Maile and I came home from our four-year stint in England bruised and battered. I didn’t know it at the time, but I was burned out from working too many hours for too many years under too much stress. A business that just didn’t quite take off, adjusting to a new culture, being away from home, employees stealing from us: the cumulative affect of those years was like a layer of barnacles on an old ship. Problem is, when they were scraped away, there wasn’t anything left of me.
I walked around like a purposeless zombie. I found myself staring off into the distance for long periods of time.
We lived with my parents during our transition (a recurring theme in my life). Money was running out. I was due to start a new business in the spring, but that was five months away. We had two small children, ages 3 and 2. Even worse, our marriage was straining under the weight of two unhappy, unsettled people.
Then I got the call: a friend of mine had lined up a logistics job for me in New Orleans, helping with the Hurricane Katrina relief effort. I would get paid to arrange hotel rooms for relief teams, schedule equipment comings and goings, that sort of thing. The pay was great, I think around $5,000 a month. To us, at that point, it was a fortune.
But there was a catch – the job would be for 30 days a month. No coming home. No seeing Maile and the kids. For three months. We looked warily at each other after receiving this news – we needed the money. But could the fragile thread that was our relationship survive the free weight of three months apart?
In a last ditch effort at finding God or saving our marriage or perhaps simply trying to do what was right, we said no. I found a part-time job painting houses. We lived in a continual gloom of depression in my parent’s basement, waiting for the spring.
* * * * *
But only a few weeks after making the decision not to take the money, I got a call from my aunt. She wanted to have breakfast. I remember pulling up outside the restaurant on a very gray not-quite-winter’s day. Mist. That’s all I remember: mist.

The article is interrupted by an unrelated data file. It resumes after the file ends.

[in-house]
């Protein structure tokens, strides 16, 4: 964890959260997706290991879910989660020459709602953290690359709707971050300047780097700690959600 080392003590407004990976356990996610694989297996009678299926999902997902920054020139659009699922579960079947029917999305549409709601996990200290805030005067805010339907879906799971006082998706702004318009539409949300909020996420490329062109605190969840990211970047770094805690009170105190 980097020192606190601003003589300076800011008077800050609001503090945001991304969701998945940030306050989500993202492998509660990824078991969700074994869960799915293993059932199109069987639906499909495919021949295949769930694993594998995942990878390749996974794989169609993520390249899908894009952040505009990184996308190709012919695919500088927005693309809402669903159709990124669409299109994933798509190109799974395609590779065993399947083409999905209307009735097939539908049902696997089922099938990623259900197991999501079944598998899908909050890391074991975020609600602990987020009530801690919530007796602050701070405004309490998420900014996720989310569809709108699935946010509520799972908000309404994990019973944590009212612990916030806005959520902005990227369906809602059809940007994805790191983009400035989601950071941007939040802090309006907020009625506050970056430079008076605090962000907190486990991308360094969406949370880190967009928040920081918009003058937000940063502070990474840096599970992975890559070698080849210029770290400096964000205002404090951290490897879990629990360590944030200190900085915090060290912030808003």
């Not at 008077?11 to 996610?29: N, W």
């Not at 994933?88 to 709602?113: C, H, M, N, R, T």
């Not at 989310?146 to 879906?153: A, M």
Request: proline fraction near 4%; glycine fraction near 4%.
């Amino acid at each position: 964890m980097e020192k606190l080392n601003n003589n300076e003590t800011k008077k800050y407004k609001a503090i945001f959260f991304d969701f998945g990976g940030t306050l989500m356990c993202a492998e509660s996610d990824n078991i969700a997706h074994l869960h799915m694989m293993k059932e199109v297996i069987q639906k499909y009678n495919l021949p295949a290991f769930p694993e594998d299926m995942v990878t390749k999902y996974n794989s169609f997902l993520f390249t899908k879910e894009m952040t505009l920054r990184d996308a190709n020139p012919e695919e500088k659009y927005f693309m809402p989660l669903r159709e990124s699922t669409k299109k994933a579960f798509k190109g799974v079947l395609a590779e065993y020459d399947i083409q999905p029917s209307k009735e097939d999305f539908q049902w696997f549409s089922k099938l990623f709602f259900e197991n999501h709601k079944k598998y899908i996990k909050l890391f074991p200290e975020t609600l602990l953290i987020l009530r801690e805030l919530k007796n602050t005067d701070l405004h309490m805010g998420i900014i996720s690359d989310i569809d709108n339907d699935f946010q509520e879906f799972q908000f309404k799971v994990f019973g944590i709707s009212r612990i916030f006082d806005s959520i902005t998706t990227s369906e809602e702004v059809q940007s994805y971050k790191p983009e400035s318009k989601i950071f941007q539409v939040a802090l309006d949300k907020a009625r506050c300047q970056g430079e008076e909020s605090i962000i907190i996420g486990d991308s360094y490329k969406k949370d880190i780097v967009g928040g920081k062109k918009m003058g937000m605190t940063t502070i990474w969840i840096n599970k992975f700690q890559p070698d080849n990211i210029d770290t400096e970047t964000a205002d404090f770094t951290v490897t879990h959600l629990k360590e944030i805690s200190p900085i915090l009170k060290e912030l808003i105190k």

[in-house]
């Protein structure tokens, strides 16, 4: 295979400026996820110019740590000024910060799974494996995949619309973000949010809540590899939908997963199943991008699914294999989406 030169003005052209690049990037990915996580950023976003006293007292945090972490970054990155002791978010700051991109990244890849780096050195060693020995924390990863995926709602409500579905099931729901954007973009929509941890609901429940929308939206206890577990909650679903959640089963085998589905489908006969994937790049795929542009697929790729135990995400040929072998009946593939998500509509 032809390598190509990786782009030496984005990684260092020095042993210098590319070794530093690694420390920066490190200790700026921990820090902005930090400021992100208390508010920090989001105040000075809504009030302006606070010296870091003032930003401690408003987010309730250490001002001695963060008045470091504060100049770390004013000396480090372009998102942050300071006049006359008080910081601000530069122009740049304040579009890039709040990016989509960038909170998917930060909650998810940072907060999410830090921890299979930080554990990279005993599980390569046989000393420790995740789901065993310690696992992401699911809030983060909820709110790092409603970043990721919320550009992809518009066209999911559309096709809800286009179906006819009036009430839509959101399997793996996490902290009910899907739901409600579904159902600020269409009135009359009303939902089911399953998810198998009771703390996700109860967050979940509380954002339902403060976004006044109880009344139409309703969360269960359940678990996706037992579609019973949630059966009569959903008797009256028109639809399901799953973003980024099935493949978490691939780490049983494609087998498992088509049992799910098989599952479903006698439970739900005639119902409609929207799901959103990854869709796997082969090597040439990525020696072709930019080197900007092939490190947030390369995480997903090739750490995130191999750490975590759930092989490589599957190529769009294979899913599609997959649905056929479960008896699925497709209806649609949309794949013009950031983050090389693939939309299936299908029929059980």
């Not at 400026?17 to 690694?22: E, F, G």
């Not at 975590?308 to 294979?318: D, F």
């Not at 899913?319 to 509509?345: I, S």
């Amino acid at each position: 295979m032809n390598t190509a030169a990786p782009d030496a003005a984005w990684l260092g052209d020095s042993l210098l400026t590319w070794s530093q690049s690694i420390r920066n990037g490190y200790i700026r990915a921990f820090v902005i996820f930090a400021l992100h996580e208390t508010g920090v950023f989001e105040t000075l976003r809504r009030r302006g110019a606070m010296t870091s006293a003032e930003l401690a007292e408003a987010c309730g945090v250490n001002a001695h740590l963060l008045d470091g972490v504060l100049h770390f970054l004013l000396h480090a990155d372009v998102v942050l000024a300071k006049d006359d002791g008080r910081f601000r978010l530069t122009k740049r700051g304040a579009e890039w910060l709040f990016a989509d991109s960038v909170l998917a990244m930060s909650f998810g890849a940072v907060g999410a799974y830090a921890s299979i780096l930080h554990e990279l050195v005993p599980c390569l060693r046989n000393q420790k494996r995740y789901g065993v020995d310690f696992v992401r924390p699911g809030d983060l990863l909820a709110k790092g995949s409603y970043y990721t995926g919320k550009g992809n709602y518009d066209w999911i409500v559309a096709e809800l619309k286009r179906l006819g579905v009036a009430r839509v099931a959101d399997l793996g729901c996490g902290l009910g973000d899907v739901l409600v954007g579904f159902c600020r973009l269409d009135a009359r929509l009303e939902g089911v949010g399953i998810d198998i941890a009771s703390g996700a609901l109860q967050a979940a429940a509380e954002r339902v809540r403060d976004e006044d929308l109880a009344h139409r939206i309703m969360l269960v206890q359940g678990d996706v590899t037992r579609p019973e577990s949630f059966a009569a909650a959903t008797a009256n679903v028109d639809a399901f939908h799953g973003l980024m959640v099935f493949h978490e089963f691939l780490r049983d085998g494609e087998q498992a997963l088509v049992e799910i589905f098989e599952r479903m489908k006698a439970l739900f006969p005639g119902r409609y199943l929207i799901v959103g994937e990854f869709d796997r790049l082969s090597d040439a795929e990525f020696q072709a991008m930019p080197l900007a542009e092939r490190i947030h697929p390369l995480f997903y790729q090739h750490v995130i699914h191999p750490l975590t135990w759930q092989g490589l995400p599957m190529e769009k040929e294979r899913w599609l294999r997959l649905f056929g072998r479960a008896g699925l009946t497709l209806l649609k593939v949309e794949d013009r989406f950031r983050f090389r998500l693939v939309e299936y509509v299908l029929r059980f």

It was nice catching up. The restaurant bustled. Then she got a peculiar look on her face.
“Shawn! Someone just approached me about writing my life story. You’re a writer!”
I nodded. I liked to write. That was true.
“You should write a chapter and I’ll send it to my agent. You could write my story!”
A few weeks later we met. I interviewed her. We sent it to the agent. He sent it to a publisher. They liked it. I would write her book.
* * * * *
I often think back on my first book. Sometimes the thrill of fear fills me when I think about how close I had come to giving up a life as a writer for $15,000. If I would have taken that logistics job, would I ever have written my first book, the one that led to the second book, the third book? It gave me the connections I needed to slowly build this writer’s life.
* * * * *
I think we chase money too often. I think we believe the lies it tells us, that it brings security and love and happiness. A better life.
* * * * *
Soon after all of this happened, I started to think everyone should leave their jobs. Just get out while you can! Jump overboard! But when I look back at my journey, it was a four-year process of leaning (not leaping).
But there’s one thing I do know: if you make all the major decisions in your life based on money, there is a ceiling to what you can achieve. There are things that money never tells you:
It’s just a bunch of numbers.
It makes a lousy compass.
And, once you start trying to accumulate it, you can never have enough.